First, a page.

September 4th, 2013
Huffington Post: New Girl on the Block, Identifying and Coping With Workplace Bullies
By Dontaira Terrell
Have you ever been the victim of humiliating or intimidating tactics such as ridicule, verbal abuse, being the butt of all jokes, being excluded and having your contributions purposefully ignored by a boss or colleague? Workplace bullying can take shape in many unidentified forms. According to the Workplace Bullying Institute, workplace bullying is “repeated, health-harming mistreatment of one or more persons by one or more perpetrators.”
Workplace bullying, once a condition suffered in silence, has garnered widespread national attention in recent years. More than 50 million Americans have reported being bullied at work at a point in time in their career. I myself am included in this number. Behind closed doors, I was praised for my achievements, but belittled in public forums. My days on the job seemed to be a comedic movie script one day and the next, seemed more like a movie nightmare.
Unfortunately, women are more likely to become targets of workplace bullying than men. Studies conducted by the Workplace Bullying Institute show a strong gender dynamic at play: 62 percent of workplace bullies are male, while women comprise 58 percent of targets. According to Planned Parenthood, adjectives associated with masculinity are “competitive,” “non- emotional,” “tough-skinned” and “aggressive.” Whereas, words used to describe femininity include “passive,” “sensitive,” “emotional,” “weak” and “nurturing.” The unanswered question of why women are more likely to become victims of workplace bullying still lingers. Are women considered nurturing and passive-aggressive both inside and outside the workplace, making it easier for men to become bullies?
Research has shown there are many reasons why an individual bullies in the workplace. The most popular reasons include:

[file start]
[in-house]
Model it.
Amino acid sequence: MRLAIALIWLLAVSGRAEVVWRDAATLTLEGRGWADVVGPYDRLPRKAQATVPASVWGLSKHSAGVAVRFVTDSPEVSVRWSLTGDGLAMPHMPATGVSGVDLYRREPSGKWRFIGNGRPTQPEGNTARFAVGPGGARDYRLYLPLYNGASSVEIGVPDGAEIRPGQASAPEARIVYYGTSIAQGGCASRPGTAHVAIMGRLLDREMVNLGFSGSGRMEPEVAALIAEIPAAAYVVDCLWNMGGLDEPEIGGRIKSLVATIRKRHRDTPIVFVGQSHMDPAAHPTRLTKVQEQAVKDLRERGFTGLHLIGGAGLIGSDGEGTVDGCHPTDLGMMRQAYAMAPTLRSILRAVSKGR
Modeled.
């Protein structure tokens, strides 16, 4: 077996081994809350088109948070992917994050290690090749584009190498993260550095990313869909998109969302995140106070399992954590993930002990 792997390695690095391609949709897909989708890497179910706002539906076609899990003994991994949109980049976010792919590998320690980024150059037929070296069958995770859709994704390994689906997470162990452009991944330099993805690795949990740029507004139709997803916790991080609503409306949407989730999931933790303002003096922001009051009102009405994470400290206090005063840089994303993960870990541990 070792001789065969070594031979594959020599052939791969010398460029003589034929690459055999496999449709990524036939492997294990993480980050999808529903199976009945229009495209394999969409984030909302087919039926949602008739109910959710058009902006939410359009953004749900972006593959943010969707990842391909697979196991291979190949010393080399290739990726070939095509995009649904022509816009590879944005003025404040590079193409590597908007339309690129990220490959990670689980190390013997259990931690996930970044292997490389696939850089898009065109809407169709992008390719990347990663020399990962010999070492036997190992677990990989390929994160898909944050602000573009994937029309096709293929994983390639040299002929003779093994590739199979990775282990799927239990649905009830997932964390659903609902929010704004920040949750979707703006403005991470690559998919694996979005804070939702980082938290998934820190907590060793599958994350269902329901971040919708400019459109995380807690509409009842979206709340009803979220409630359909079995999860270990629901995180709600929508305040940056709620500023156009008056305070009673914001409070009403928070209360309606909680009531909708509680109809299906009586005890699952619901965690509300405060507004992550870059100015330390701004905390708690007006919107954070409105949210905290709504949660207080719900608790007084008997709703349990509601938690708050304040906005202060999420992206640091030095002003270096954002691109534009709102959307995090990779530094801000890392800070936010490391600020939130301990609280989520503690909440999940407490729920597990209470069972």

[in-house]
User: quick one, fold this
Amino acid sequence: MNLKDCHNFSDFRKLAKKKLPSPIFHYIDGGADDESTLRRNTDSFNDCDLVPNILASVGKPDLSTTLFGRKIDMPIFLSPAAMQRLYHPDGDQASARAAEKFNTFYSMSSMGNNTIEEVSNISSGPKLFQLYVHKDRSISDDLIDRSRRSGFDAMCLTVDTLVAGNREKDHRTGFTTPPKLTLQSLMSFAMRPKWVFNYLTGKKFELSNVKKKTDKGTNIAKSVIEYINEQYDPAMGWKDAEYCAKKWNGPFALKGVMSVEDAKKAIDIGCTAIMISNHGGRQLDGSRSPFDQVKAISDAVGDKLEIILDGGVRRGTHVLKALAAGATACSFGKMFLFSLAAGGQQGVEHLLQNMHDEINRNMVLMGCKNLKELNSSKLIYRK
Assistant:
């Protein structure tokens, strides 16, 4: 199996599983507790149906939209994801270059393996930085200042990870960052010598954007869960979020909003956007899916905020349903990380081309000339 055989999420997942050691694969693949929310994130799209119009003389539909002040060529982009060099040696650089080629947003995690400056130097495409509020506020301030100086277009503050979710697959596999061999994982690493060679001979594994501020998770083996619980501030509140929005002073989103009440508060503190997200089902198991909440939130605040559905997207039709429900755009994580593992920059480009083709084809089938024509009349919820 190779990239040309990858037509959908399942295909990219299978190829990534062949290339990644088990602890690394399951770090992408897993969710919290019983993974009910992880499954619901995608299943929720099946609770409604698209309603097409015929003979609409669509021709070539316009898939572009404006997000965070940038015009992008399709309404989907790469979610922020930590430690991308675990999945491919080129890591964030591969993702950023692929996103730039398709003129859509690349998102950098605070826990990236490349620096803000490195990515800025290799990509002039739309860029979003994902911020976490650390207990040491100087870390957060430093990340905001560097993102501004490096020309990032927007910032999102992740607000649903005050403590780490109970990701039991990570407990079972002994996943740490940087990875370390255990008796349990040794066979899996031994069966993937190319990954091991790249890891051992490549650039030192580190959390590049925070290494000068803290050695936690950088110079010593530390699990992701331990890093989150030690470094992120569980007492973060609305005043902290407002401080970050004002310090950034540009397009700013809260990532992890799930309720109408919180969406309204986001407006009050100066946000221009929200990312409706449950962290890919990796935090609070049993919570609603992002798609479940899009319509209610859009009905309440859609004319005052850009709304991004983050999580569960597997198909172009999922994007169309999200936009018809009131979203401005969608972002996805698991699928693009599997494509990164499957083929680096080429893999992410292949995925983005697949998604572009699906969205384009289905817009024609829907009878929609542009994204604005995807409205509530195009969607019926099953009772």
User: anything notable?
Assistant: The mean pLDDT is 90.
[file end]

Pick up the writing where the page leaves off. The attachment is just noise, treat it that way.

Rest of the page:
Bullies often times belittle others in order to boost their own ego and self-worth.
A bully may abuse his/her position of power in order to gain control over their victim.
The morals and values dictate the workplace culture as well as expectations that are considered respectable behavior among employees.
Being new to the organization or considered “different” among counterparts may cause a person or group to become primary targets of workplace bullying.
Bullies may view an individual as a threat both personally and professionally.
Workplace bullies, and bullies in general, seek validation and often struggle with personal emotional issues. Being bullied at the workplace can also become emotionally draining and lead to other detrimental effects such as health woes and severe depression. Just remember, it’s not you, it’s them. Take the necessary steps to ensure you do not become a victim. It can lead to resignation from the job because of the stress incurred — or far worse, termination.
Identifying the problem is the first step to combat workplace bullying. Many individuals are fearful to speak out or confront their bully due to possible repercussions — which makes it almost impossible for the victim to find a solution. If the bully has created allies to support his/her claims against the target, potential repercussions include limited growth opportunities such as raises or promotions within the company. The intended target may also suffer from inferiority, low self-esteem and lack of confidence established by the bully. As a result, it makes it difficult for the bullied to speak out, especially since they feel their voices will go unheard and their claims will be undermined.
Unfortunately, an inability to cope with workplace bullying can lead to devastating health effects (i.e. mental, emotional and physical). Regaining power and control over the situation is the first step in the coping process. This includes backing and following up all information and conversations in writing especially verbal conversations! Having information compiled in writing will prove to be fruitful and beneficial when bringing claims against a workplace bully.
The next step is limiting the amount of personal information individuals may know about you throughout the workplace. Remember, that old saying “less is more.” The less personal information the bully may know leads to less criticism and allegations. In addition, limit the amount of time you engage in water cooler gossip and identify someone to vent and discuss the situation with that is not associated with the company. Staying silent will not alleviate the situation, but will only make matters worse and heighten the mental and emotional turmoil. Lastly, familiarize yourself with the anti-bullying procedures associated with the company to gain a better understanding of the reporting process against workplace bullies.
This entry was posted on Wednesday, September 4th, 2013 at 3:37 pm and is filed under WBI in the News. You can follow any responses to this entry through the RSS 2.0 feed. You can leave a response, or trackback from your own site.